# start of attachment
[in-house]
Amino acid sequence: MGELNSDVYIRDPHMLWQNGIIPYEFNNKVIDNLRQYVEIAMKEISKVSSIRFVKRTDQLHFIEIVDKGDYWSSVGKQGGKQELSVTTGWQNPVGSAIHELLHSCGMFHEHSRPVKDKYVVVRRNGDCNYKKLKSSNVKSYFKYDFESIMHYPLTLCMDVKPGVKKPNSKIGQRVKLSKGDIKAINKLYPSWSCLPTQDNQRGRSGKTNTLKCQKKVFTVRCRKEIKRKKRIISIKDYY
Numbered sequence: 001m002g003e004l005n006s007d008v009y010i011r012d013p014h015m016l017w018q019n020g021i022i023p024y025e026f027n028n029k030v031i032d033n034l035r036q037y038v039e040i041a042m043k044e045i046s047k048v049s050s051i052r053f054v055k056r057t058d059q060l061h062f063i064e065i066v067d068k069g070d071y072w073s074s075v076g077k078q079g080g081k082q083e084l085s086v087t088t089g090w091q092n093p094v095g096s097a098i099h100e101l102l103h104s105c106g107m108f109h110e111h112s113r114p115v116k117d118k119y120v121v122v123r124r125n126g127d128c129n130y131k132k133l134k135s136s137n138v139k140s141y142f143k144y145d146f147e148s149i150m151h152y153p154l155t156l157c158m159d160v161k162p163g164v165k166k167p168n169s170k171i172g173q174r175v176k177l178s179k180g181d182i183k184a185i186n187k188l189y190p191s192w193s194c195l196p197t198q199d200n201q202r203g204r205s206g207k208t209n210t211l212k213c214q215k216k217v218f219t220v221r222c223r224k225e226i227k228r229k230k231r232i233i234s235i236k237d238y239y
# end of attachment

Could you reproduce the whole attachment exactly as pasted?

[in-house]
Amino acid sequence: MGELNSDVYIRDPHMLWQNGIIPYEFNNKVIDNLRQYVEIAMKEISKVSSIRFVKRTDQLHFIEIVDKGDYWSSVGKQGGKQELSVTTGWQNPVGSAIHELLHSCGMFHEHSRPVKDKYVVVRRNGDCNYKKLKSSNVKSYFKYDFESIMHYPLTLCMDVKPGVKKPNSKIGQRVKLSKGDIKAINKLYPSWSCLPTQDNQRGRSGKTNTLKCQKKVFTVRCRKEIKRKKRIISIKDYY
Numbered sequence: 001m002g003e004l005n006s007d008v009y010i011r012d013p014h015m016l017w018q019n020g021i022i023p024y025e026f027n028n029k030v031i032d033n034l035r036q037y038v039e040i041a042m043k044e045i046s047k048v049s050s051i052r053f054v055k056r057t058d059q060l061h062f063i064e065i066v067d068k069g070d071y072w073s074s075v076g077k078q079g080g081k082q083e084l085s086v087t088t089g090w091q092n093p094v095g096s097a098i099h100e101l102l103h104s105c106g107m108f109h110e111h112s113r114p115v116k117d118k119y120v121v122v123r124r125n126g127d128c129n130y131k132k133l134k135s136s137n138v139k140s141y142f143k144y145d146f147e148s149i150m151h152y153p154l155t156l157c158m159d160v161k162p163g164v165k166k167p168n169s170k171i172g173q174r175v176k177l178s179k180g181d182i183k184a185i186n187k188l189y190p191s192w193s194c195l196p197t198q199d200n201q202r203g204r205s206g207k208t209n210t211l212k213c214q215k216k217v218f219t220v221r222c223r224k225e226i227k228r229k230k231r232i233i234s235i236k237d238y239y